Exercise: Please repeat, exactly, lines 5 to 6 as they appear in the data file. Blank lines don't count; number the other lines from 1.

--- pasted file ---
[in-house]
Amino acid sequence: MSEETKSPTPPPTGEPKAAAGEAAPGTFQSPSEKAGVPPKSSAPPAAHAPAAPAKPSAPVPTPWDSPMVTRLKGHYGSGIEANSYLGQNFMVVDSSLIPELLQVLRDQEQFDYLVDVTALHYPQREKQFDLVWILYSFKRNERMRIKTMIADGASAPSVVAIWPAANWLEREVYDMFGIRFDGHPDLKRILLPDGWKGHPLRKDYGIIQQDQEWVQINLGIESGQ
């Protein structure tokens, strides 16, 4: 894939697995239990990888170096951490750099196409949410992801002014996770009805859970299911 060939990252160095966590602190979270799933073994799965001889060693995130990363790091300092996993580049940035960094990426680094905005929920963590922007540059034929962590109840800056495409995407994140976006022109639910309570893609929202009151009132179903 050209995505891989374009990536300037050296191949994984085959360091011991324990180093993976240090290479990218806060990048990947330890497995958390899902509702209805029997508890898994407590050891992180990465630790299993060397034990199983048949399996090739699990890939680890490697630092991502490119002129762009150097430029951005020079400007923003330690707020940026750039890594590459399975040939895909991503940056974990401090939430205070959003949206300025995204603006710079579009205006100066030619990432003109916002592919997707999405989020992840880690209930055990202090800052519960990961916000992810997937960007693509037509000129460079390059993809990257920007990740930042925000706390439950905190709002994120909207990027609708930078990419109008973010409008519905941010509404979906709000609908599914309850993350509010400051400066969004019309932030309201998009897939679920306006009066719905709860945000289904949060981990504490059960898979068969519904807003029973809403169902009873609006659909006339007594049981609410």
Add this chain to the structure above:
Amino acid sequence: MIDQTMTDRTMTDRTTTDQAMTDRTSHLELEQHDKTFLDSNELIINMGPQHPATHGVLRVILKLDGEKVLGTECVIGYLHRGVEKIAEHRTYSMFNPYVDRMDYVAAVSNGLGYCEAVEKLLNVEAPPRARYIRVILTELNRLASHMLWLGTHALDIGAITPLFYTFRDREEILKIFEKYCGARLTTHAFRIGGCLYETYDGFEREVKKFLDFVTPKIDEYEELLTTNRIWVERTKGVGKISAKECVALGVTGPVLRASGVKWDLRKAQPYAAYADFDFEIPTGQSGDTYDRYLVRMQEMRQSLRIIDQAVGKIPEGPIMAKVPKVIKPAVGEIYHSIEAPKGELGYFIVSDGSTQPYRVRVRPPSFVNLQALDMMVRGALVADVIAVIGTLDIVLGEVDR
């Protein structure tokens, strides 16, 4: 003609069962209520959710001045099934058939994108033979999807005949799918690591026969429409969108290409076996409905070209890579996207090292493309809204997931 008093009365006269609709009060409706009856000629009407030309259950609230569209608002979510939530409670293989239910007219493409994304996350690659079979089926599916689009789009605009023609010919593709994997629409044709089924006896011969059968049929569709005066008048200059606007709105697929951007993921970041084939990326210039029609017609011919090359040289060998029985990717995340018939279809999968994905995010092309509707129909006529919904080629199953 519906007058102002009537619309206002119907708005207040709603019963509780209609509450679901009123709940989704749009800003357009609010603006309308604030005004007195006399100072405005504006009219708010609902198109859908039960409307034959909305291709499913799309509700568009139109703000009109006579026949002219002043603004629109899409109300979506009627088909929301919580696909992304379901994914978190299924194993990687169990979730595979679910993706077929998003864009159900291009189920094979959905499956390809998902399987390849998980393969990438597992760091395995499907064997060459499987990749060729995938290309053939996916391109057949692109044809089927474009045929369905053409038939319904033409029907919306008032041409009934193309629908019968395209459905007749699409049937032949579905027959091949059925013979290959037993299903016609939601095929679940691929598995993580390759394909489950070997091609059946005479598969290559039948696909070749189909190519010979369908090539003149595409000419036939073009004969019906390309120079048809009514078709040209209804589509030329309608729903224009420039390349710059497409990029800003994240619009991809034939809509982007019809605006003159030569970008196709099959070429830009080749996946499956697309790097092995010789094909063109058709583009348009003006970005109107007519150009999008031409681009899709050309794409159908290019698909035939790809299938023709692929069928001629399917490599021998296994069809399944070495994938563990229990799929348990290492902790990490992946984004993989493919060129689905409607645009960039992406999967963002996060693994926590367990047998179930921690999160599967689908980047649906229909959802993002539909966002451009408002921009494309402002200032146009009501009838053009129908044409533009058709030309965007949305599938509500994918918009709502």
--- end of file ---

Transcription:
Amino acid sequence: MIDQTMTDRTMTDRTTTDQAMTDRTSHLELEQHDKTFLDSNELIINMGPQHPATHGVLRVILKLDGEKVLGTECVIGYLHRGVEKIAEHRTYSMFNPYVDRMDYVAAVSNGLGYCEAVEKLLNVEAPPRARYIRVILTELNRLASHMLWLGTHALDIGAITPLFYTFRDREEILKIFEKYCGARLTTHAFRIGGCLYETYDGFEREVKKFLDFVTPKIDEYEELLTTNRIWVERTKGVGKISAKECVALGVTGPVLRASGVKWDLRKAQPYAAYADFDFEIPTGQSGDTYDRYLVRMQEMRQSLRIIDQAVGKIPEGPIMAKVPKVIKPAVGEIYHSIEAPKGELGYFIVSDGSTQPYRVRVRPPSFVNLQALDMMVRGALVADVIAVIGTLDIVLGEVDR
């Protein structure tokens, strides 16, 4: 003609069962209520959710001045099934058939994108033979999807005949799918690591026969429409969108290409076996409905070209890579996207090292493309809204997931 008093009365006269609709009060409706009856000629009407030309259950609230569209608002979510939530409670293989239910007219493409994304996350690659079979089926599916689009789009605009023609010919593709994997629409044709089924006896011969059968049929569709005066008048200059606007709105697929951007993921970041084939990326210039029609017609011919090359040289060998029985990717995340018939279809999968994905995010092309509707129909006529919904080629199953 519906007058102002009537619309206002119907708005207040709603019963509780209609509450679901009123709940989704749009800003357009609010603006309308604030005004007195006399100072405005504006009219708010609902198109859908039960409307034959909305291709499913799309509700568009139109703000009109006579026949002219002043603004629109899409109300979506009627088909929301919580696909992304379901994914978190299924194993990687169990979730595979679910993706077929998003864009159900291009189920094979959905499956390809998902399987390849998980393969990438597992760091395995499907064997060459499987990749060729995938290309053939996916391109057949692109044809089927474009045929369905053409038939319904033409029907919306008032041409009934193309629908019968395209459905007749699409049937032949579905027959091949059925013979290959037993299903016609939601095929679940691929598995993580390759394909489950070997091609059946005479598969290559039948696909070749189909190519010979369908090539003149595409000419036939073009004969019906390309120079048809009514078709040209209804589509030329309608729903224009420039390349710059497409990029800003994240619009991809034939809509982007019809605006003159030569970008196709099959070429830009080749996946499956697309790097092995010789094909063109058709583009348009003006970005109107007519150009999008031409681009899709050309794409159908290019698909035939790809299938023709692929069928001629399917490599021998296994069809399944070495994938563990229990799929348990290492902790990490992946984004993989493919060129689905409607645009960039992406999967963002996060693994926590367990047998179930921690999160599967689908980047649906229909959802993002539909966002451009408002921009494309402002200032146009009501009838053009129908044409533009058709030309965007949305599938509500994918918009709502």